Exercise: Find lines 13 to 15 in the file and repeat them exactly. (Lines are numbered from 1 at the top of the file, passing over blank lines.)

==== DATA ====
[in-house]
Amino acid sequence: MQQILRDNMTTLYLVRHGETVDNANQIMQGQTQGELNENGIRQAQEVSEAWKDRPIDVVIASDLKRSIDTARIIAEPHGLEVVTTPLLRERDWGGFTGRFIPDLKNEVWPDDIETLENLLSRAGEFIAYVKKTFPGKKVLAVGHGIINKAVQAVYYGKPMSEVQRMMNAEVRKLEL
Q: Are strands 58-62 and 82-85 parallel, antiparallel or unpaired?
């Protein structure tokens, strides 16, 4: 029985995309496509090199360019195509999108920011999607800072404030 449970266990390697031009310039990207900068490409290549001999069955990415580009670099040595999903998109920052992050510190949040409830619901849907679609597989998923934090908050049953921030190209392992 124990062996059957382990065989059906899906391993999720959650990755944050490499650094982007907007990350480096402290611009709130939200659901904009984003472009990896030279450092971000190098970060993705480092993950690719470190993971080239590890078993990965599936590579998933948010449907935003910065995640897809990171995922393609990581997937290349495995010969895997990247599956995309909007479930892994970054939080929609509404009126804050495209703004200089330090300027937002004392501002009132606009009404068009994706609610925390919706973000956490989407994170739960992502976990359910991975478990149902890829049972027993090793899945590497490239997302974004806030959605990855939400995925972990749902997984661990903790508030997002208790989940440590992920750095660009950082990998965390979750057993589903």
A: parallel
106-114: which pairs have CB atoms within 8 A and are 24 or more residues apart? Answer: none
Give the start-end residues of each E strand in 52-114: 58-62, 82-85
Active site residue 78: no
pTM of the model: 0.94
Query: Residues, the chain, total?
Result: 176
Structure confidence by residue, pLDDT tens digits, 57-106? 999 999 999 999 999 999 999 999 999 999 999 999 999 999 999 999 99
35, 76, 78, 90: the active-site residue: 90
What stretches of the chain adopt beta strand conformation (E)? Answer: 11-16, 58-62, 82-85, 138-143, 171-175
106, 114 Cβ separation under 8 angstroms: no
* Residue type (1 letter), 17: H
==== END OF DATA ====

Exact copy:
35, 76, 78, 90: the active-site residue: 90
What stretches of the chain adopt beta strand conformation (E)? Answer: 11-16, 58-62, 82-85, 138-143, 171-175
106, 114 Cβ separation under 8 angstroms: no